From a typical bumblebee colony of a few hundred, only the young queens survive the winter, hibernating until they can start their own colonies in spring. Farmers usually buy new colonies from breeders each year. Honey bees, in contrast, live in colonies of up to 60,000 bees, and these colonies can persist indefinitely.
Recently, problems such as varroa mites, inhospitable farmland and colony collapse disorder have made it harder for beekeepers to maintain colonies and meet the rising demand for bees in agriculture. In the United States, beekeepers now lose about 40 percent of their colonies each year, four times the fraction they consider acceptable. They can replace lost colonies by splitting surviving colonies in two, but this technique can become unsustainable.
Nevertheless, the total number of managed honey bees worldwide has risen by 45 percent over the last half century. Honey bees are in no danger of extinction, said Hatfield — and our reliance on them may come at a cost.
How bee disease spreads
Managed bees may transmit new diseases to wild bees, or they may allow existing diseases to multiply and “spill back” into wild populations. Commercial beekeeping often involves maintaining bees at high densities, making it easy for diseases to pass from bee to bee. And companies routinely feed bumblebees with pollen gathered by honey bees, helping diseases to spread between species, said Peter Graystock, a conservation biologist at the University of California, Riverside. Some companies have started irradiating the pollen to kill pathogens, but others still feed it to bees as is.
In a 2013 study, Graystock and his colleagues tested imported bumblebee colonies that had supposedly been screened for disease, and found that more than three-fourths of them contained disease-causing microbes. When the researchers experimentally fed pollen and waste from the infected bee shipments to healthy bumble and honey bees, many of the new bees got sick.
However, flowers are probably the hotspots of disease transmission to wild bees, said Graystock. With colleagues, he recently demonstrated that two commercial bee species, buff-tailed bumblebees and western honey bees, can rapidly spread five kinds of pathogens between flowers. Some of the pathogens could only infect one of the two bee species, but they often hitched a ride on the other one.
“Imagine flowers as a dinner plate that you’re eating from, but everybody else is also eating from that dinner plate as well,” said Graystock. “They could accumulate quite a lot of different microbes.”
Evidence from the field supports the idea that wild bees can catch diseases from managed bees. In Canada, Ireland and England, researchers have found elevated disease rates in wild bees living near greenhouses that use commercial bumblebees
The lack of data on most wild bee species makes it hard to judge the threat facing their populations. Some ailments, such as the varroa mites that infest managed honey bees, appear to be harmless to other kinds of insects, including wild bumblebees. But other diseases, such as deformed wing virus and the dysentery-causing fungus Nosema ceranae, are known to harm multiple species that aren’t closely related. Researchers usually have no idea whether a given wild pollinator can catch a particular disease, or how sick it would get if it did.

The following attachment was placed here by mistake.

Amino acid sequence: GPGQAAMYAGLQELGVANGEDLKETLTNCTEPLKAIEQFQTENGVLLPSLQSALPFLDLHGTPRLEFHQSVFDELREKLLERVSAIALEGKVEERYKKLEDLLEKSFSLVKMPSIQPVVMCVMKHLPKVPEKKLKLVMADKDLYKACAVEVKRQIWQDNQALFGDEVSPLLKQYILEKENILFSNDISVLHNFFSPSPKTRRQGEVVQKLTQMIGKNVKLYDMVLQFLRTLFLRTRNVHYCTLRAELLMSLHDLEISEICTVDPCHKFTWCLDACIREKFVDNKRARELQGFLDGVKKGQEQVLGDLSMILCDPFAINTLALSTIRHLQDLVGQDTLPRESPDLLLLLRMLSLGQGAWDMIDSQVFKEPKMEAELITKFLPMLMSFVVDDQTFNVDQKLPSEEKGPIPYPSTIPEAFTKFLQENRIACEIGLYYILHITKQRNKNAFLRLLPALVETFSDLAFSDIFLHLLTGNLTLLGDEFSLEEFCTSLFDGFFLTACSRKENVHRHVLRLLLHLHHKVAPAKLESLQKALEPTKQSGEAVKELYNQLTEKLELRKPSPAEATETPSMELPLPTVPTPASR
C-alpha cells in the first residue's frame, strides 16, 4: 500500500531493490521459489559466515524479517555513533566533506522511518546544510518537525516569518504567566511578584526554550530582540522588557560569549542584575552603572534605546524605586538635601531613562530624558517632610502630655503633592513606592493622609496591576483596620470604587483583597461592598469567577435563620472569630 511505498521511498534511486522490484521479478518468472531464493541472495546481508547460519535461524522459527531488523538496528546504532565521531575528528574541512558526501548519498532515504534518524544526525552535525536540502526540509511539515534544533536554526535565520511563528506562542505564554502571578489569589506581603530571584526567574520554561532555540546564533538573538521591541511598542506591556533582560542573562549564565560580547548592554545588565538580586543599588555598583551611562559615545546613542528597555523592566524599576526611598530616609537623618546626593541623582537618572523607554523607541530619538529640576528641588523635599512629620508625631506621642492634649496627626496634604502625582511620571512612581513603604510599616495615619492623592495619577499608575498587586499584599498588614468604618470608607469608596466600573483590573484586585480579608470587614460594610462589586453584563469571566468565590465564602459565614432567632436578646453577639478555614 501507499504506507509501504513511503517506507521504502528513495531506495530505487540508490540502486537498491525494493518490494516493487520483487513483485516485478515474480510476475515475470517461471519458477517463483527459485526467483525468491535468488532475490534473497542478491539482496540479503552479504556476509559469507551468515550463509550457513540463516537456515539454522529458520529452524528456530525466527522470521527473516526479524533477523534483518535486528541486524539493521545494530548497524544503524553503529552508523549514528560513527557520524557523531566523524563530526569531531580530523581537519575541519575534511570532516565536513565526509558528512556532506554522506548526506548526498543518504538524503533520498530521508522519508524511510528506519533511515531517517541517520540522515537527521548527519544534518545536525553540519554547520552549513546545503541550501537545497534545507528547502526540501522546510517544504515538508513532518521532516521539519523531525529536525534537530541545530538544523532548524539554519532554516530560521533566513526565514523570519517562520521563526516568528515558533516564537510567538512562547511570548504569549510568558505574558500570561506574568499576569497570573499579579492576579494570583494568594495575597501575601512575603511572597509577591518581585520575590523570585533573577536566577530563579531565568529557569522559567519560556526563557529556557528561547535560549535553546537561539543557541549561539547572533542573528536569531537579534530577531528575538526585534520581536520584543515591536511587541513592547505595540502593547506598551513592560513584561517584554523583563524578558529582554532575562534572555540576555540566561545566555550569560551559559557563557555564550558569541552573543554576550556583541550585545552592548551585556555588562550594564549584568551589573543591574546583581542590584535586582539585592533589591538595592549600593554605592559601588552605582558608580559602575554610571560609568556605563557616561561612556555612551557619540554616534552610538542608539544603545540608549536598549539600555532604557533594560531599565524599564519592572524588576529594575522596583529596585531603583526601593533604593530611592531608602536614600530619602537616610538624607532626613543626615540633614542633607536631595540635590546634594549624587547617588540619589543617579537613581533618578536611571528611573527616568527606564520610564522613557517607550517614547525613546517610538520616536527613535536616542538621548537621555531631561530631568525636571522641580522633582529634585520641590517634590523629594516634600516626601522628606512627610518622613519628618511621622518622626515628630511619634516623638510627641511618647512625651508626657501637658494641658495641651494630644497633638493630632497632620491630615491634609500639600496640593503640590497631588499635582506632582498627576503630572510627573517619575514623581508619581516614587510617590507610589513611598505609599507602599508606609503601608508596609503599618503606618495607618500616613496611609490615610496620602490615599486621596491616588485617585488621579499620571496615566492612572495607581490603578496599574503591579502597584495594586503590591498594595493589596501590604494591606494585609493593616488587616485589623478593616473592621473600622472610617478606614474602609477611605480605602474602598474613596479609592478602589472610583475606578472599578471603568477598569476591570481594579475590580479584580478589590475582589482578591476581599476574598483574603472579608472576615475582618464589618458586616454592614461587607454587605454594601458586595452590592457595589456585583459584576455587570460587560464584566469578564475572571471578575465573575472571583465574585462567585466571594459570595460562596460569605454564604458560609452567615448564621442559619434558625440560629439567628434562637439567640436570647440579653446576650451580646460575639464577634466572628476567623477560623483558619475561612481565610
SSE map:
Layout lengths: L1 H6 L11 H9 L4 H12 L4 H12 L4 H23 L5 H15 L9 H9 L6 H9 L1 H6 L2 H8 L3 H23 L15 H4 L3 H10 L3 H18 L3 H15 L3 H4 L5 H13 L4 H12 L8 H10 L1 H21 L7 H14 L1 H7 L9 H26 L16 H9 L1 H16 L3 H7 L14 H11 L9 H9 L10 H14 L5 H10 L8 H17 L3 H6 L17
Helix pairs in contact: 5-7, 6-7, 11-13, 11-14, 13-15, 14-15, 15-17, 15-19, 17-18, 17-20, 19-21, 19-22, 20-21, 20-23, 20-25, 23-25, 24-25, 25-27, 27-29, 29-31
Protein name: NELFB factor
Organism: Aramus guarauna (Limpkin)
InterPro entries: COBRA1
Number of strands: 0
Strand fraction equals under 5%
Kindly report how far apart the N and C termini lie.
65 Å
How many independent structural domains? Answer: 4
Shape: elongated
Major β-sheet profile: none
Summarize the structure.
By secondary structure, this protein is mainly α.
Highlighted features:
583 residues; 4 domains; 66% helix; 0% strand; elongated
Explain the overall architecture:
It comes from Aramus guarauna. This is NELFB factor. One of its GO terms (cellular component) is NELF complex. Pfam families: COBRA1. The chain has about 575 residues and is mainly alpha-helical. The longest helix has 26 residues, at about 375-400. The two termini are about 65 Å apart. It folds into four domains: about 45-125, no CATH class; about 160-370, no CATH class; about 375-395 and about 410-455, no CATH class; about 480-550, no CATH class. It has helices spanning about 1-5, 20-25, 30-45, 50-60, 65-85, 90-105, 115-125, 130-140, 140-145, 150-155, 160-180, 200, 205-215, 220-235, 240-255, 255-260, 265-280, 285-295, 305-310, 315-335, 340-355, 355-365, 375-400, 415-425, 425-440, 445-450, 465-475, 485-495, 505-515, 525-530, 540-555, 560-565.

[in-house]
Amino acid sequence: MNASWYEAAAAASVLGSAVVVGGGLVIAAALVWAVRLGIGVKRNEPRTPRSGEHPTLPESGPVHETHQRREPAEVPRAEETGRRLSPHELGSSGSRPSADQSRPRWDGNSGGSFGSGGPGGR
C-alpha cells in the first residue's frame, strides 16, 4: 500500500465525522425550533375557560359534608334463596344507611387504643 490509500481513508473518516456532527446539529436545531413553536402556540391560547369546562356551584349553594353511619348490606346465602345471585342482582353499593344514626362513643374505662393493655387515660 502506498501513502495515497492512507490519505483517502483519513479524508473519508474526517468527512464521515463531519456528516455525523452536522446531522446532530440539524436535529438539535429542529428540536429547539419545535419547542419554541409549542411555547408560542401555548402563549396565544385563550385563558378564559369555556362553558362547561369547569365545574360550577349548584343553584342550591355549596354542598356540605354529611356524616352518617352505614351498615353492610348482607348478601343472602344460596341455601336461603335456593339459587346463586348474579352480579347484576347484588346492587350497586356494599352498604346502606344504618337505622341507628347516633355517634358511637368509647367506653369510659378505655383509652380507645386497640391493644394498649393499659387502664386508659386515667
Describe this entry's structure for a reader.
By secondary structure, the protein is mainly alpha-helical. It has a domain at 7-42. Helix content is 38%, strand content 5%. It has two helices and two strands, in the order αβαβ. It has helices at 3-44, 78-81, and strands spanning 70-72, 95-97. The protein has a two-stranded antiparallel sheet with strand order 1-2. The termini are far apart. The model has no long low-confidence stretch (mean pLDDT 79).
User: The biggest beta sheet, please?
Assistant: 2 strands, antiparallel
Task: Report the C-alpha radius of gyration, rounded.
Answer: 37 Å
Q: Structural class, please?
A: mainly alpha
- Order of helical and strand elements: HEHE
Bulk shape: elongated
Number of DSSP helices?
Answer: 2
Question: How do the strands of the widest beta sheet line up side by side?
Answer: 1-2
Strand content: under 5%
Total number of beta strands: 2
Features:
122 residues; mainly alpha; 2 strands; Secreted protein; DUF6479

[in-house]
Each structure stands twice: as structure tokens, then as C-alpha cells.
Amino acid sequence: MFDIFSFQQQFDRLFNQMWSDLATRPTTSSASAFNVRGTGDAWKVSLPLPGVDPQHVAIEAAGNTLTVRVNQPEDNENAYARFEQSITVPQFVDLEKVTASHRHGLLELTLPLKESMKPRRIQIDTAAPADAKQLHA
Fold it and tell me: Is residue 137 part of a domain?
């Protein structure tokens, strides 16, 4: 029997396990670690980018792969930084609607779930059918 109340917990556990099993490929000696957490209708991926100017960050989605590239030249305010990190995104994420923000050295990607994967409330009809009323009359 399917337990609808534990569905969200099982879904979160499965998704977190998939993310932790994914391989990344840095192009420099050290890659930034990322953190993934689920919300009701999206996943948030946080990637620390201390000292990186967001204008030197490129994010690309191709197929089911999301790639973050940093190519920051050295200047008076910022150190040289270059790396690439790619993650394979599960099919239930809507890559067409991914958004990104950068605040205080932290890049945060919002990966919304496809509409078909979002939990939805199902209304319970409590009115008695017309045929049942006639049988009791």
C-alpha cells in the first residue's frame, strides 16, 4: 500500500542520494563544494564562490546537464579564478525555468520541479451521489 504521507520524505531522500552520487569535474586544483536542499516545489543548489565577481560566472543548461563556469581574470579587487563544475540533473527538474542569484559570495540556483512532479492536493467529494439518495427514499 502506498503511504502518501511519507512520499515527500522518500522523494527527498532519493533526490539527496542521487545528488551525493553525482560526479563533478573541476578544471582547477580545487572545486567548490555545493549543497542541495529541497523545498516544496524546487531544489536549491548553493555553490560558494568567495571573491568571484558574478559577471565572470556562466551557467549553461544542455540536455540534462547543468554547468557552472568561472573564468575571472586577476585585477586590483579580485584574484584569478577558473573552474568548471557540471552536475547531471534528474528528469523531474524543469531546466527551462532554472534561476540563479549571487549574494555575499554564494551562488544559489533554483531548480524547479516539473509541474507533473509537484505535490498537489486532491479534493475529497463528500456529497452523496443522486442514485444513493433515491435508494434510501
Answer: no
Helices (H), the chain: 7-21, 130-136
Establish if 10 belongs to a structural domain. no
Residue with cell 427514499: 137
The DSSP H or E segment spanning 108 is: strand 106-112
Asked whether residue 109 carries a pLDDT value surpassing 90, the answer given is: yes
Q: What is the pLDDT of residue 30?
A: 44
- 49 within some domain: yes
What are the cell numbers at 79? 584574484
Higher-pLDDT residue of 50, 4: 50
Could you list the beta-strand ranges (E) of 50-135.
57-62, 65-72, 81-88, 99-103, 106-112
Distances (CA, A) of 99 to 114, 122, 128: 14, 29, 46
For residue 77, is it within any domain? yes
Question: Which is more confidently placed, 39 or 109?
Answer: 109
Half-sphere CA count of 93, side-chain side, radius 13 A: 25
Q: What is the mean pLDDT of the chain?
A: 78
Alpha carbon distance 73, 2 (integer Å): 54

Still, circumstantial evidence suggests that the impacts on wild pollinators can be devastating. In North America, a species called Franklin’s bumblebee is thought to have recently gone extinct, and four other once-common species have suffered estimated declines of more than 70 percent.
Wiped out by plagues
While no one knows for sure what’s killing wild American bumblebees, the dominant hypothesis is one or more diseases introduced by commercial bumblebees imported from Europe, said Sheila Colla, a conservation biologist at York University in Toronto. The timing matches up with the rise of commercial bumblebees for pollinating greenhouse crops. At least two of the declining species have high rates of a fungal disease called Nosema bombi, and the strain they carry is genetically similar to the one found in bees from Europe, suggesting it may have been recently introduced. And many researchers think that the wild bees have vanished too quickly, and over too wide an area, for the culprit to be anything except disease. For example, the rusty patched bumblebees that just received endangered species protections have disappeared from around three-fourths of their historic range, according to a study by Colla and her colleagues.
“You can’t really chalk it up to something like pesticide use, because that wouldn’t explain why it disappeared in the Smoky Mountains,” she said.
In the United States, it’s now illegal to import any kind of bumblebee from overseas. But non-native bumblebees are still pouring into Argentina, even though two species have already turned invasive there. The second invasive species, known as the buff-tailed bumblebee, was first introduced to Argentina in 2006 to pollinate crops. Since then, feral buff-tailed bumblebees have spread across the region, wiping out native Patagonian bumblebees as they go.
Patagonian bumblebees are the largest bumblebees in the world, and the only ones native to the southern part of South America. They used to be a familiar sight in Chilean and Argentinian gardens, where their deep buzz and fluffy orange bulk made them hard to miss.
“They look like little bears,” said Marina Arbetman, a molecular ecologist at the National University of Río Negro and the National University of Comahue in Bariloche, Argentina.